Take the 2-minute tour ×
Stack Overflow is a question and answer site for professional and enthusiast programmers. It's 100% free, no registration required.

I defined an interface StringStack

public interface StringStack{
    //add a value to the stack
    public void push(String value);
    //fetch top-most element of the stack. element is removed
    public String pop();
    //fetch top-most element of the stack. element is not removed
    public String peek();
}

Further I defined a class SimpleStack that uses an ArrayList to manage the stack

public class SimpleStack implements StringStack{
    private ArrayList<String> list = new ArrayList<String>();

    public void push(String value){
        list.add(value);
    }

    public String pop(){
        if(!list.isEmpty()){
                return list.remove(list.size() - 1);
        }else{
                return null;
        }
    }

   public String peek(){
        if(!list.isEmpty()){
                return list.get(list.size() - 1);
        }else{
                return null;
        }
}

Now I want define an iterator for my stack class but I don't want to use the built-in ArrayList iterator. So I came up implementing a inner class and extending my SimpleStack with the Iterable interface.

So I have now:

 public class SimpleStack implements StringStack, Iterable<String>

 ...

 public Iterator<String> iterator(){
    return new StackEnum();
 }

 class StackEnum implements Iterator<String>{

    int pos = list.size();

    public boolean hasNext(){
        return pos != 0;
    }

    public String next(){
        if(pos != 0){
            String str = list.get(pos);
            pos--;
        }else{
            throw new NoSuchElementException();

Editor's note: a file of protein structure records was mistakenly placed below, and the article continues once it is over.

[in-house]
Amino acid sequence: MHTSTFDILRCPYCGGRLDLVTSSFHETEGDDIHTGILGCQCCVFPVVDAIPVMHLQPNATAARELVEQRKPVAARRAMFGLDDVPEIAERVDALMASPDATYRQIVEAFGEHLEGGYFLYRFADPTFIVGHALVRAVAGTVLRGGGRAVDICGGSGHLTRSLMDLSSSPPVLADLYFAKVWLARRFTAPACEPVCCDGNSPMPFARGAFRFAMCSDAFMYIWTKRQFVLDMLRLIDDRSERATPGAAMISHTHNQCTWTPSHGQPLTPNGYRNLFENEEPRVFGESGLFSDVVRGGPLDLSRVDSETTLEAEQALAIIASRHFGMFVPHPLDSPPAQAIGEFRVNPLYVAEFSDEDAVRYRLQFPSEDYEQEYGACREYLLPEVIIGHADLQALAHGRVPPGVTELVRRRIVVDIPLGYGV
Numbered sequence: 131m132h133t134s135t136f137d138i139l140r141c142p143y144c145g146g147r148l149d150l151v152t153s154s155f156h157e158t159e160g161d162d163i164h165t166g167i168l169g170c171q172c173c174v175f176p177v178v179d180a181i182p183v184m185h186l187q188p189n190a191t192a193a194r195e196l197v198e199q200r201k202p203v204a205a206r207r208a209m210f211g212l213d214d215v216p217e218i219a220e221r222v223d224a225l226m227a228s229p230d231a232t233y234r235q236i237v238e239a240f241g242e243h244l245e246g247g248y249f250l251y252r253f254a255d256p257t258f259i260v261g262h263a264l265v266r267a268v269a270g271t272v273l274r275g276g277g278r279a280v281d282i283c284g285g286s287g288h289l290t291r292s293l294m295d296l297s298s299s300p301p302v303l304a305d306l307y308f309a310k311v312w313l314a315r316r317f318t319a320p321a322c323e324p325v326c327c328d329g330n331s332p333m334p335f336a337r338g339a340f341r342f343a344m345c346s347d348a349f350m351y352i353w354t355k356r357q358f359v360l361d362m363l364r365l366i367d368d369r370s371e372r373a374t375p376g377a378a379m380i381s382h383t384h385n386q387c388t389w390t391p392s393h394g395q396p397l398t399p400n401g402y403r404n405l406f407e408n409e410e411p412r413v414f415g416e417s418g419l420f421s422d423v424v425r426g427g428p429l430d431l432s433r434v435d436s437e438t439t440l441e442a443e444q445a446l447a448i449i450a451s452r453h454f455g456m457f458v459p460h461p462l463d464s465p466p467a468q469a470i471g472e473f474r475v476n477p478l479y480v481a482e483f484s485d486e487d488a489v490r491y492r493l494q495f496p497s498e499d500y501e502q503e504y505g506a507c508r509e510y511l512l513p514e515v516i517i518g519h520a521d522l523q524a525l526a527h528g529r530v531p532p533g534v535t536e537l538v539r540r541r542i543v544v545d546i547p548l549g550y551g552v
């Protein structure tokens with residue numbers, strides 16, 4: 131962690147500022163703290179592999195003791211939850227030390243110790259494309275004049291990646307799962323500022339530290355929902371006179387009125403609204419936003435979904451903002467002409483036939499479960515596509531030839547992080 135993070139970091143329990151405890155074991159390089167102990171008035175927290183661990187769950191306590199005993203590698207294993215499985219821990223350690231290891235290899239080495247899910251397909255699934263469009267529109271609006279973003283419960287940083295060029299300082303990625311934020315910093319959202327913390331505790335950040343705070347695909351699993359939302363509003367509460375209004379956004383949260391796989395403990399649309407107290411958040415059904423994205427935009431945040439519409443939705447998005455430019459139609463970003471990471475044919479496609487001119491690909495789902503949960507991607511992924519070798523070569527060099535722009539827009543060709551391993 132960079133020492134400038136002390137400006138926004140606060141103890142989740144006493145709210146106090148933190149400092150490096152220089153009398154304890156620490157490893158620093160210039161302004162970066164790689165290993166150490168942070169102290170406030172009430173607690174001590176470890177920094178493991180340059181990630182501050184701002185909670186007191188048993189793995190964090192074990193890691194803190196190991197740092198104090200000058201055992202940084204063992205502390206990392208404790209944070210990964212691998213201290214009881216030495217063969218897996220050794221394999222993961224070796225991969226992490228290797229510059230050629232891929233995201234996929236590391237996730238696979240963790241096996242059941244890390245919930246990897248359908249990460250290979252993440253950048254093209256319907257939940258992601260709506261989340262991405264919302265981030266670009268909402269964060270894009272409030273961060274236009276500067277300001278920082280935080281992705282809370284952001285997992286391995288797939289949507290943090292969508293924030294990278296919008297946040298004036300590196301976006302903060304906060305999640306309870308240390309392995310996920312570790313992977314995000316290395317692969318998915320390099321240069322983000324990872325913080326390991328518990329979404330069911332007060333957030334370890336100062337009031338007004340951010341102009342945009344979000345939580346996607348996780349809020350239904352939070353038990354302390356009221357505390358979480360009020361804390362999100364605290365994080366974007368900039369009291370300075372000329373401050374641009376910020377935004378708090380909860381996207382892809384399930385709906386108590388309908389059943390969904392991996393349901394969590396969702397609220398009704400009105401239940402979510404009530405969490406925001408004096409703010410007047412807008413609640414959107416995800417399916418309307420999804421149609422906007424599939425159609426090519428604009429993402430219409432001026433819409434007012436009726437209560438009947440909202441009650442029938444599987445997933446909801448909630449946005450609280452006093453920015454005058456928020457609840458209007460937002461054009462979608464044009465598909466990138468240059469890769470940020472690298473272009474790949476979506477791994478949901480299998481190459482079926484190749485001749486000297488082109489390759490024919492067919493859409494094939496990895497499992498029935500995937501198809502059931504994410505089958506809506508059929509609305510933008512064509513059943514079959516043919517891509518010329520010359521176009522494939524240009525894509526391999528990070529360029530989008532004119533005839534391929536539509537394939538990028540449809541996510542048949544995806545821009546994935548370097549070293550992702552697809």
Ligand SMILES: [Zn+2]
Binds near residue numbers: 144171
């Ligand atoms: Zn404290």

}
    }

    public void remove(){
        throw new UnsupportedOperationException();
    }
 }

I am absolutely not sure how to perform the iteration inside the iterator. Since my stack is represented by an array list I used list.size() as top-element.

Am I right with my implementation of the iterator, especially the next method?

share|improve this question
1  
Implementation looks OK to me. Just one question: why don't you use java.util.Stack<E>? Is it because its iterator() returns element not in stack order? –  MarcoS Apr 12 '11 at 9:01
    
Like the answers you right too. But I pointed out that I don't want to use built-in features, I just practice to get familar with some basic oop features –  artworkad シ Apr 12 '11 at 9:05
    
So, finally I don't understand why you selected this as answer? Here you simply accept to use the built in java Stack! –  MarcoS Apr 12 '11 at 10:10
    
Give an answer and I will yours ;) –  artworkad シ Apr 12 '11 at 10:13
    
I mean das_weezul's answer is much more in the direction that you were looking for: suggestion for implementing your own stack iterator! –  MarcoS Apr 12 '11 at 10:16
add comment

2 Answers

up vote 2 down vote accepted

I don't know if an Iterator for a stack is a good idea, as the typical behavior of a stack does not conform to the iterator-protocol, as you'd have to pop an element to reveal the next one. I would suggest to add a public method like getList() which returns a list-representation of the stack. The list then could implement the Iterator interface. You could just return a copy of the ArrayList like that:

public List<String> returnList() {
  return new ArrayList<String>(list); // Return a copy of the ArrayList
}
share|improve this answer
add comment

Why not just use java.util.Stack<String> ?

share|improve this answer
    
I suppose the OP just wants to exercise his/her Java skills ;) –  das_weezul Apr 12 '11 at 8:59
    
I said I don't want built-in things, I want to write my own iterator –  artworkad シ Apr 12 '11 at 9:00
1  
I'm sorry, I didn't see that. I thought it was just about the ArrayList.iterator(). Still, you could extend Stack and override iterator(), I guess... –  Lukas Eder Apr 12 '11 at 9:06
add comment

Your Answer

 
discard

By posting your answer, you agree to the privacy policy and terms of service.

Not the answer you're looking for? Browse other questions tagged or ask your own question.